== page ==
How to market HTML5 apps without the benefit of an app store
By Chantal Tode
April 10, 2013
Native and Web-based applications offer a variety of different pluses and minuses, including on the marketing front, with native apps benefitting from the awareness of app stores while HTML5 apps offer greater reach and advertising potential.
Mobile apps continue to be a big focus for marketers as does how to make consumers aware of these offerings. One of the biggest advantages from a marketing perspective of native apps – and a significant disadvantage of mobile Web-based apps – is being able to distribute the app through an app store that is easily available from the home screen of a device.
“The idea that an icon is on your home screen and that all you have to do is click on it to access apps is a considerable advantage because that is where you know to go to access whatever apps you are trying to access and even those aren’t tech savvy know to go there,” said Dipesh Mukerji, senior director of product Strategy at Kony, Orlando, FL.
“You do not have that with a mobile Web app, which is a significant challenge for HTML 5 because the same kind of visibility isn’t there,” he said.
While the debate continues about whether to build apps that are native, HTML 5 mobile Web-based or hybrid based on the relative merits of the user experience for each, it is also important for marketers to consider the relative marketing benefits and challenges of each,
Mobile users are familiar with icons and using them to access to apps. While the icon for a native app shows up automatically once it is downloaded, with HTML 5 apps users are required to click on a specific area within their browser to make the app an icon on their home page, something that many users are not aware of.
However, HTML 5 apps offer a significant advantage when it comes to advertising because they are more easily accessible from a QR code.
Marketers can place a QR code in a banner ad, on print ads and billboards that links directly to an HTML5 app, enabling users to quickly and easily access the app and begin using it.
The Wall Street Journal's HTML5 app
With native apps, the process is more cumbersome, with the QR code most likely taking users to an app store, which has to launch and then users have to find the app they are interested in and download it before being able to use it.
“If I put a QR code on a billboard, someone can use their device and look at that QR code and immediately launch the app if it is an HTML5 app. You instantly are playing with the app after you look at the QR code,” Mr. Mukerji said.
“That is a huge advantage,” he said. “It is a lot easier to advertise your app with HTML5.”
HTML5 also offers broader reach than native apps, with users of feature phones as well as smartphones able to access mobile Web-based apps. Such reach can be important for marketers that are trying to build an international audience for their apps as feature phones still dominate in many markets.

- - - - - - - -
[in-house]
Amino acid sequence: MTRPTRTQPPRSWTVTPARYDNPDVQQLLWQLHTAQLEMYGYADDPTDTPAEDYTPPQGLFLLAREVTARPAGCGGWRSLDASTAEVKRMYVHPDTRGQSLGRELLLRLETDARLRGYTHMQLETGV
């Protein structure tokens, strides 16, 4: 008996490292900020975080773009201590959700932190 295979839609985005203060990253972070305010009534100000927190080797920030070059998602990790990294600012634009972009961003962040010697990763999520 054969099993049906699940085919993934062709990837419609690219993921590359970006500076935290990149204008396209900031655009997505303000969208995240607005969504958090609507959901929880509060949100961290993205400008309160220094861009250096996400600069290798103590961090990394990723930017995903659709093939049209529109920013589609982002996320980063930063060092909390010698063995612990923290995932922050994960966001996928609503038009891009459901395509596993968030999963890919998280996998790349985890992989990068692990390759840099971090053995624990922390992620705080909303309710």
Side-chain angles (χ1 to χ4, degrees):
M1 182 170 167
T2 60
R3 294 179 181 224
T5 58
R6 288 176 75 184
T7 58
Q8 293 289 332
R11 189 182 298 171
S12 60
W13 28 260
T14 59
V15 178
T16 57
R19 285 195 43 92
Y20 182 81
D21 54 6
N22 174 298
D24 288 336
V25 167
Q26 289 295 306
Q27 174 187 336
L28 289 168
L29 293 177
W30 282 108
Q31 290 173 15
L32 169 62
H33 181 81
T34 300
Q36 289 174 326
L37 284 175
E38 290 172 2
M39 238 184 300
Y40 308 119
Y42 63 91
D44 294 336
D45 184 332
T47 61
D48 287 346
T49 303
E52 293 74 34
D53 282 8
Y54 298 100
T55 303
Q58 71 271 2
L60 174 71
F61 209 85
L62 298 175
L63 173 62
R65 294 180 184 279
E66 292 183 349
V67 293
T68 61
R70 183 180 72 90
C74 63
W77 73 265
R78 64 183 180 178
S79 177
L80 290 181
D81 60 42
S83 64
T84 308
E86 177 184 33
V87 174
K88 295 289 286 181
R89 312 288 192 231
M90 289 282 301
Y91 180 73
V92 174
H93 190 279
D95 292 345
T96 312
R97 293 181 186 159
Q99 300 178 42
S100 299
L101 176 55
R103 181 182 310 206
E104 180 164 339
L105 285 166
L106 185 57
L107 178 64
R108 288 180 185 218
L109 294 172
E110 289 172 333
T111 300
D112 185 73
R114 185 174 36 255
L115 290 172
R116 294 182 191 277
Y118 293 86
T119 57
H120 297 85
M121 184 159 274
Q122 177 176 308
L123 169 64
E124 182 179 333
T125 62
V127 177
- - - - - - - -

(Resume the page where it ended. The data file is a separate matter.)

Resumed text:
Being able to reach feature phone users enables marketers to send a text message to users with a link to a mobile Web app that can immediately be launched.
“Features phones and everything that is digital has a browser but not everything that is digital has an app store,” Mr. Mukerji said.
“If you think of the advertising in terms of a global concept, feature phones are still used quite a bit outside of America,” he said.
“That is a huge reach you are getting if you doing it right and you are building your mobile Web apps to optimize for all of these browsers.”
There are some challenges with building mobile Web apps for the many different browsers that might be used worldwide but this is still the best way to reach a wide audience.
Another challenge of HTML5 apps is that the user experience is typically not as rich as it is for native apps. With all apps having a 75 percent drop-off rate after the first use, this means that while advertising may be easier, marketers will be challenged to drive acquisition rates for HTML5 apps.
“Of that 25 percent that stay, people are staying longer with the native apps than they are with the HTML5 apps,” Mr. Mukerji said.
“Your ability to drive conversion rates and acquisition is going to be higher from native apps than it is with HTML5 apps even though the breadth, depth and reach of mobile Web apps might be more,” he said.
Hybrid apps that have a native shell and mobile content fall into the native category in terms of marketing strategy as they are typically found on app stores.
Some of the brands will successful HTML 5 apps include Facebook, CNN and Wall Street Journal. While all also offer native apps, the mobile Web apps can offer important advantages when it comes to advertising.
“The app store is the key way that people find and do discovery but the breadth, depth and reach of HTML5 and more places that you can put the advertising is something that the native app would never be able to compete against,” Mr. Mukerji said.
Chantal Tode is associate editor on Mobile Marketer, New York
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